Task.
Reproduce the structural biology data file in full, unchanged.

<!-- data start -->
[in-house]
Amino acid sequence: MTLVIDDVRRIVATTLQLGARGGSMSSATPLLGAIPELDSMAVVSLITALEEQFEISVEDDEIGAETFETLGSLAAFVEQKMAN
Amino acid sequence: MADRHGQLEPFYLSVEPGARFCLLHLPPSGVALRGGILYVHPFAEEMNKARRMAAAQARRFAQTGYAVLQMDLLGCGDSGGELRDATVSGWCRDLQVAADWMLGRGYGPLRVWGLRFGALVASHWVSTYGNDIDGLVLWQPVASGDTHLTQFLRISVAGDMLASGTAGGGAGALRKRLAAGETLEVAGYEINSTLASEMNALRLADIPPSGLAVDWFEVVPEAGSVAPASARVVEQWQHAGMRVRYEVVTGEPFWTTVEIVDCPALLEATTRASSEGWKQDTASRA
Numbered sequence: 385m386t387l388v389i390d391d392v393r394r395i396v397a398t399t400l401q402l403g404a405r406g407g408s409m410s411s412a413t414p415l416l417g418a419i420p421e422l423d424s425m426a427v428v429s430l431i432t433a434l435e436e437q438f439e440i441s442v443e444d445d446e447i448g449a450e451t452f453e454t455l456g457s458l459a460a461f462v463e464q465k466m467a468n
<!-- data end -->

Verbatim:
[in-house]
Amino acid sequence: MTLVIDDVRRIVATTLQLGARGGSMSSATPLLGAIPELDSMAVVSLITALEEQFEISVEDDEIGAETFETLGSLAAFVEQKMAN
Amino acid sequence: MADRHGQLEPFYLSVEPGARFCLLHLPPSGVALRGGILYVHPFAEEMNKARRMAAAQARRFAQTGYAVLQMDLLGCGDSGGELRDATVSGWCRDLQVAADWMLGRGYGPLRVWGLRFGALVASHWVSTYGNDIDGLVLWQPVASGDTHLTQFLRISVAGDMLASGTAGGGAGALRKRLAAGETLEVAGYEINSTLASEMNALRLADIPPSGLAVDWFEVVPEAGSVAPASARVVEQWQHAGMRVRYEVVTGEPFWTTVEIVDCPALLEATTRASSEGWKQDTASRA
Numbered sequence: 385m386t387l388v389i390d391d392v393r394r395i396v397a398t399t400l401q402l403g404a405r406g407g408s409m410s411s412a413t414p415l416l417g418a419i420p421e422l423d424s425m426a427v428v429s430l431i432t433a434l435e436e437q438f439e440i441s442v443e444d445d446e447i448g449a450e451t452f453e454t455l456g457s458l459a460a461f462v463e464q465k466m467a468n